When Words Lose Meaning

The other day, I saw a repeat of a fallacy I’ve seen many times before. At least it’s a fallacy in my personal life. So I thought I’d write about it.

It basically goes like this…
“If I tell you you’re beautiful/handsome/amazing/good/smart/my favorite…if I say I love you…if I give you praise *too often,* the words will lose their meaning.”

This hasn’t ever been true for me. Whether words are positive or negative…whether they are compliments or criticism…they don’t lose any potency or significance with repetition. J or my son or my best friend could all tell me they love me and say nice things about me nonstop all day every day and all of those words will still be meaningful. I wish criticism and insults lost their meaning with repetition. But they don’t.
I feel like most of the time when this is said (it’s always said about repeating affirmations…good things about or to or inspired by a person)…that words lose meaning with regular repetition…it’s really an excuse for the person offering this logic to dismiss someone’s need for reassurance or words of affirmation. Because they either just don’t want to offer these things regularly (or at all), or they don’t feel those things are truthful. I think that’s the reality of the situation almost every time. At least in my experience. I hear and feel the words people say to me every time. Repetition, if anything, makes words MORE meaningful and more internalized and believed. That’s why we drill the ABC’s and math facts into young children. That’s why we go over fundamentals and conditioning in baseball or soccer or basketball over and over and over. That’s why we practice musical instruments to improve our play. Repetition doesn’t make things lose meaning. It reinforces them. It embeds them into your brain until they are nearly involuntary.

I mean, I get the thought process behind this assertion. That if you hear something over and over you want to tune it out.


But that’s really not due to the repetition; it’s due to what’s being repeated. If we find something annoying or uninteresting or unvalued, we tune out. I can hear a song I love over and over again and it never gets old. I can see a movie I’ve seen dozens of times over again, and I still enjoy it…because I love it…I’m interested in it. I’ve assigned it value and meaning. And that’s the same with other people’s words.

If J tells me he thinks I’m smart often (and he does) that doesn’t somehow dilute the meaning of the word ‘smart’ to me.


It doesn’t make the word obsolete. It doesn’t make it less valuable because he says it a lot. Same with, “I love you.” Or any other kind thing he says or does for me. Because I’ve assigned his words significance. I choose if the words he says to me are meaningful, and also? I get the feeling HE values and has assigned significance to the words he says to me. He means, “I love you,” every time. He’s not just saying it because he has nothing else to say, or because he thinks it’s what I want to hear. The same with if he tells me, “Dinner was good,” or, “I like your hair,” or, “That’s great that you finished that story/got that project done,” or whatever. He means it. I know he means it. He’s valuable to me. I know I’m valuable to him. Therefore, his words have meaning, no matter how many times he says the same words. He says words that aren’t even really affirmations, but just reassurance over and over for me too. They’re also meaningful every time. Their power isn’t lessened by their frequency. “I’m right here.” “I’m not going anywhere.” Those words are always important and always prized. Even if he says them every day or more (and sometimes he does).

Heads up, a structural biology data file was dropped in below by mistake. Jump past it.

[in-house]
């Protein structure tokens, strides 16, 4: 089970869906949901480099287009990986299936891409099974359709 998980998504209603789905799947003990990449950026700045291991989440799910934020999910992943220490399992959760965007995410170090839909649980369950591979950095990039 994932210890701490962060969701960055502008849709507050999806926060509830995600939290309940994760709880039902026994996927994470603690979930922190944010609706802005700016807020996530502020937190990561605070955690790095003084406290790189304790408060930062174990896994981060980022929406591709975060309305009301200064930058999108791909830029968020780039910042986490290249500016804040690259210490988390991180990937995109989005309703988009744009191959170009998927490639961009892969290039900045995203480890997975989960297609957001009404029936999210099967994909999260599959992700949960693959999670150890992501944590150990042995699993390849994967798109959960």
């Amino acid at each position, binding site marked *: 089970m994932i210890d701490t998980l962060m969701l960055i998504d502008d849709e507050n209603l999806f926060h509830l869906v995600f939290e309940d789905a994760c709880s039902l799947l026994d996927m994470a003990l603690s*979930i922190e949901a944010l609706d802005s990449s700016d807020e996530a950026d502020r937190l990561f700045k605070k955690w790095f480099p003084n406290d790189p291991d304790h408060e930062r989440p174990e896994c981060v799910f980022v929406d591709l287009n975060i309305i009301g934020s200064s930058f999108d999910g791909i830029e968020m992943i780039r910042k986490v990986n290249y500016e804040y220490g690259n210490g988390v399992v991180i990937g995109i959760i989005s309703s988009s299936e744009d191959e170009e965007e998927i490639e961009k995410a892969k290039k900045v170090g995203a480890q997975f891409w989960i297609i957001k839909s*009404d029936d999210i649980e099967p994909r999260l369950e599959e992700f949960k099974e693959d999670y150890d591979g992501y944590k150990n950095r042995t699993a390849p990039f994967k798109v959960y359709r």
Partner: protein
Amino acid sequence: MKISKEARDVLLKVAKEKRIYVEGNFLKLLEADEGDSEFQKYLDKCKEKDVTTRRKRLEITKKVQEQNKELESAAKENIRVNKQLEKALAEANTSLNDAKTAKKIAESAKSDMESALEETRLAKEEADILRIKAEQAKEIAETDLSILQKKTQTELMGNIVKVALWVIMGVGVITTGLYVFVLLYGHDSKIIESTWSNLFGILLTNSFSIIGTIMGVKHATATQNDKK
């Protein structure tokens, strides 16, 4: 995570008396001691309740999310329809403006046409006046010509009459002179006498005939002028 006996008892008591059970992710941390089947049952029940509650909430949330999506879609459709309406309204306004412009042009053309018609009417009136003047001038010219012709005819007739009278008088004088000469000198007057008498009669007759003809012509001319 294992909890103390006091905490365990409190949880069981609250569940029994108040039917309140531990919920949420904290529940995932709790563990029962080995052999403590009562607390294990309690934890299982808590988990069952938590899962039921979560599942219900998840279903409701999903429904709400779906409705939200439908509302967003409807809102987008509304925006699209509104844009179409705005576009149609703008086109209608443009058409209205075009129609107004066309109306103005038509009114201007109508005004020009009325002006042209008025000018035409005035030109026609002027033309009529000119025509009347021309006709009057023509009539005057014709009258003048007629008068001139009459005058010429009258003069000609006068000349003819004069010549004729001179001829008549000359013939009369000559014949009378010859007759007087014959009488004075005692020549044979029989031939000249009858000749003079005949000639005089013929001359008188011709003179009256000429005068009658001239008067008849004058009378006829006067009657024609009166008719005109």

To ME, words lose their meaning only when I don’t assign them value. I choose when words are meaningless. And for me, that’s usually when there’s an air of insincerity about them. There are people in my life who could say the same words J says…”You’re so smart, Jen…I love you…I’m right here…I’m not going anywhere…Count on me…that’s great that you <did whatever>…<something I made> is great!…”
And their words don’t mean shit to me. It’s not because they say them all the time. And it’s not because they DON’T say them all the time. It’s because I don’t trust their motives or intentions. Maybe they have something to gain by soliciting my faith or good graces. Or (usually, actually) it’s because they have a history of saying things they don’t mean. I’m actually pretty blown away by how many people lie and how often they do. When a person tells me, “I’m here for you,” and then they repeatedly AREN’T…or when a person tells me, “I love you,” but then treats me with indifference (which, as Elie Wiesel said, is the opposite of love)…those words are meaningless.

So yeah…to people who do that, “I won’t/don’t/can’t give <my child/my partner/my employees/my spouse/my friends/whomever> praise or positive affirmations or reassurance of some kind often, because then those words will become meaningless…”
I’ve found that at least for me, that’s not so. If someone in your life values you, they value your words, no matter how often you repeat them. And I obviously can’t speak for all of humanity when I say this, and I admit I’m a weirdo, but I don’t think I’m SO weird I’m totally wrong about this for at least a significant percentage of humans other than me–but I actually think it would be greatly appreciated and perhaps even MORE believable and real and meaningful if you repeated the positive things you think and feel for and about those people in your life who you think and feel positive things about to them. I think it would actually mean a lot to them.

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